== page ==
Lastly, the construction is tank-like, with a black steel chassis. The footswitches have a solid click when engaging/disengaging and there is very little ‘background noise’ when doing so (no popping) and only when the Fuzz/Drive are at very high levels. The top knobs (Fuzz, Drive, Tone and Level) are of standard heavy plastic and the pots are very smooth when turned. The Voice chicken knobs are of good construction; each position (Off, 1, 2 and 3) clicks solidly into place. The bottom of the unit has four screwed-in rubber feet. All active components are surface mounted, the PCBs and ribbon are cables throughout with no unreliable point-to-point wiring, and the unit is lead- and cadmium-free (RoHS). The Bloodbuzz consumes very little power, operating on a single 9VDC battery or a standard 9VDC power source.
Either Fuzz or Drive can work independently. If you want to use both concurrently, the pedal operates with the Fuzz going into the Drive by default (I demo on the video how to place Drive into Fuzz). Now, since the Fuzz is so dominant, even at low levels, it is best to have the Drive turned very low (both Drive and Level) when combining the two. The Drive’s level can be higher, but that would necessitate the Fuzz’s Level to be modest. Certainly there’s some tweaking to be had and a lot of sound variations in the process. On the other hand, I prefer the Drive into the Fuzz as this produces a smoother and more controlled tone. Each side has its own footswitch and respective on/off LED. As indicated, the Fuzz goes into the Drive; to have the Drive go into the Fuzz requires a patch cord that links Input and Output… then the guitar cable goes into the ‘Drive In’ and the ‘Fuzz Out’ goes to the amp. This is demonstrated in the accompany video, but also demoed is how to hook up the ‘Fuzz-into-Wah/Wah-into-Drive’ (which sounds impressively massive and thick). Both the Fuzz and Drive have an Off position, thereby bypassing the EQ involved. The Voices for both sides introduces the EQ circuit, as described in Sound & Features. The Level (volume) works with the Fuzz/Drive, in that more of one requires less of the other. Various levels of Fuzz or Drive work with a clean amp channel, whereas a little goes a long way with a dirty amp channel (to my ears Fuzz sounds and operates best on a clean channel, whereas the Drive is more flexible with either clean or dirty).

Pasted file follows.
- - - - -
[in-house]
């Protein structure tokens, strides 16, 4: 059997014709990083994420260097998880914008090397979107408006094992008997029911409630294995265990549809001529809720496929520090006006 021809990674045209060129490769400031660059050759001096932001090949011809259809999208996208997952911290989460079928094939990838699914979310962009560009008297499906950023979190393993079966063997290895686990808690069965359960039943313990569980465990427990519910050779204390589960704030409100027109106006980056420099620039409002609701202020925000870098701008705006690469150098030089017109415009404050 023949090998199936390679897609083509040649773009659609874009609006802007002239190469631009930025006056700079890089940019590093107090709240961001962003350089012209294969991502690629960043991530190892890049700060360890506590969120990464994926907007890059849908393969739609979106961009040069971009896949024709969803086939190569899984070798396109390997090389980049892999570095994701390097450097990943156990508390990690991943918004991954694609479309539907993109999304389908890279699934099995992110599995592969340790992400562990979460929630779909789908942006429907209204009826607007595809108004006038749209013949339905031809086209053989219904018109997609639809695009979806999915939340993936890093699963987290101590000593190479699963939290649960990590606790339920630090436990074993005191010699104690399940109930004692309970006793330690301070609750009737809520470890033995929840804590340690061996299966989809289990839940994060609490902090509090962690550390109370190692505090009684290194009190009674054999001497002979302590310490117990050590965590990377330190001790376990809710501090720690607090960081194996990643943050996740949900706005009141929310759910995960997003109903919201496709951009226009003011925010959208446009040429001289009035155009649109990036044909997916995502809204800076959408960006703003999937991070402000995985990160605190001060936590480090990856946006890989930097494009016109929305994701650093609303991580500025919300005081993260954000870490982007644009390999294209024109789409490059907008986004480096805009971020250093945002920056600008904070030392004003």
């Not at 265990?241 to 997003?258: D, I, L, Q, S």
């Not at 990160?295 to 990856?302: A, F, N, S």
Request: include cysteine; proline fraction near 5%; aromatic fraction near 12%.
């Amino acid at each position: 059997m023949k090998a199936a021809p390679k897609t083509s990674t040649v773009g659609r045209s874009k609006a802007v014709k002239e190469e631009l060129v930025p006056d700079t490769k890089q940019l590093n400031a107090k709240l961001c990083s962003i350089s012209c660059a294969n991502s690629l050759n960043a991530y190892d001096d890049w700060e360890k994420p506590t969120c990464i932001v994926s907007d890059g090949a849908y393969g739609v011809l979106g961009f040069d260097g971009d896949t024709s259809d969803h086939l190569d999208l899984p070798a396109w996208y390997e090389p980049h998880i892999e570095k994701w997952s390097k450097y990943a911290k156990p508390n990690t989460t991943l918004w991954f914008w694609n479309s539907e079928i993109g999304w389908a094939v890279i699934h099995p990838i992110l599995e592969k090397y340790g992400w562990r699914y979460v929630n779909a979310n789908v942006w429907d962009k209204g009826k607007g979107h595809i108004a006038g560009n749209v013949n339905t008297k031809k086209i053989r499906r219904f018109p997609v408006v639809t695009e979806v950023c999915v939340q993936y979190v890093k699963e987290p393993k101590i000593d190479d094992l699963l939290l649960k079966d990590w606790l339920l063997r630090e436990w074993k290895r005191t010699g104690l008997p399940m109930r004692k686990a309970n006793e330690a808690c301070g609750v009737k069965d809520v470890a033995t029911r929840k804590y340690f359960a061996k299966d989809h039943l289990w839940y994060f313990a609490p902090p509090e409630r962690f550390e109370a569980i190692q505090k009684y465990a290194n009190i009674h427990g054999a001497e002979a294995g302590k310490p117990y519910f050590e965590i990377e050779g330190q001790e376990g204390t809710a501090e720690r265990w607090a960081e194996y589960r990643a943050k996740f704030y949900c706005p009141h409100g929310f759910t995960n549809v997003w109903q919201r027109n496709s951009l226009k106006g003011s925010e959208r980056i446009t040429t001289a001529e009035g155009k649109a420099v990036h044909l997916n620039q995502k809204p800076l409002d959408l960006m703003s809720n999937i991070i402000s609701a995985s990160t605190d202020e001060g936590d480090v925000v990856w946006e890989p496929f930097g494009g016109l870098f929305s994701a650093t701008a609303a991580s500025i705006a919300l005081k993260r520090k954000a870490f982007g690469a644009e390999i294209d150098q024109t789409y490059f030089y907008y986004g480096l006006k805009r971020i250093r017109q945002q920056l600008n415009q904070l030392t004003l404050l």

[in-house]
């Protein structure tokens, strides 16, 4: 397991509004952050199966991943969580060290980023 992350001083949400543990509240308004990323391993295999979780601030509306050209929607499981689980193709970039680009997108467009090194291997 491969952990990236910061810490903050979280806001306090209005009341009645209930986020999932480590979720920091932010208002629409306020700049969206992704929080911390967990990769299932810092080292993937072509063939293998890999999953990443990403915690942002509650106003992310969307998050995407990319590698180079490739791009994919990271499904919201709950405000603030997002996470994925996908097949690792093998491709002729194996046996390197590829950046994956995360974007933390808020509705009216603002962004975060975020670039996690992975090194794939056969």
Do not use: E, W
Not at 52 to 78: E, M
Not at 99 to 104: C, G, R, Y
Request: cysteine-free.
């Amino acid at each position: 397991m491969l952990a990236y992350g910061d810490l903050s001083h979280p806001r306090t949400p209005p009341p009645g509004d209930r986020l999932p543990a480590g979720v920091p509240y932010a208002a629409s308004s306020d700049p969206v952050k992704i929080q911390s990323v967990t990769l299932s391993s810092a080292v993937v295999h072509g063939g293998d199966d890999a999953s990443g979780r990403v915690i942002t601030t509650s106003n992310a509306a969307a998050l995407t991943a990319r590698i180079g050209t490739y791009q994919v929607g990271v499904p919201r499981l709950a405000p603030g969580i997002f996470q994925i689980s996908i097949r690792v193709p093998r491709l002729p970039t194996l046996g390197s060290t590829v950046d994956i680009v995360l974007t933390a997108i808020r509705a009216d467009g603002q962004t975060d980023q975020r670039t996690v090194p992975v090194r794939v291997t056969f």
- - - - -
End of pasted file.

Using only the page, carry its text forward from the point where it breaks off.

Bloodbuzz fits in the genre of vintage and classic, although it certainly works well with modern amps. The Drive is highly flexible for different situations and has a solid Rock tone that melds well with different gear. It certainly adds life to your favorite tone without adding too much color or change. The Fuzz side has several ‘character’ options, whether wanting a mid-scoop, a thicker mid-hump or a lot of bias for that rambunctious Cheese sound. And then there are the options of placing Fuzz into Drive or Drive into Fuzz (and running the Fuzz into a wah and back to Drive for even more sound variations). The Bloodbuzz’s flexibility and sound definitely is a strength and its only fault may be its footprint at 8 (w) x 7 (d) x 3 (h) inches or 20.30 x 17.78 x 7.62 cm. This 2-in-1 pedal does take up more pedalboard space than two ‘regular’ pedals (although there are plenty oversized drive and fuzz pedals that, when combined, are even larger than the Bloodbuzz). As well, the inputs/outputs are located on top of the unit, rather than behind, and this adds another 1.75-inches or 4.44 cm to its depth. For those trying to fit a hoard of pedals on a board the Bloodbuzz’s size may be a deal breaker; conversely, pedal minimalists and vintage purists should consider this new and improved remake of a classic.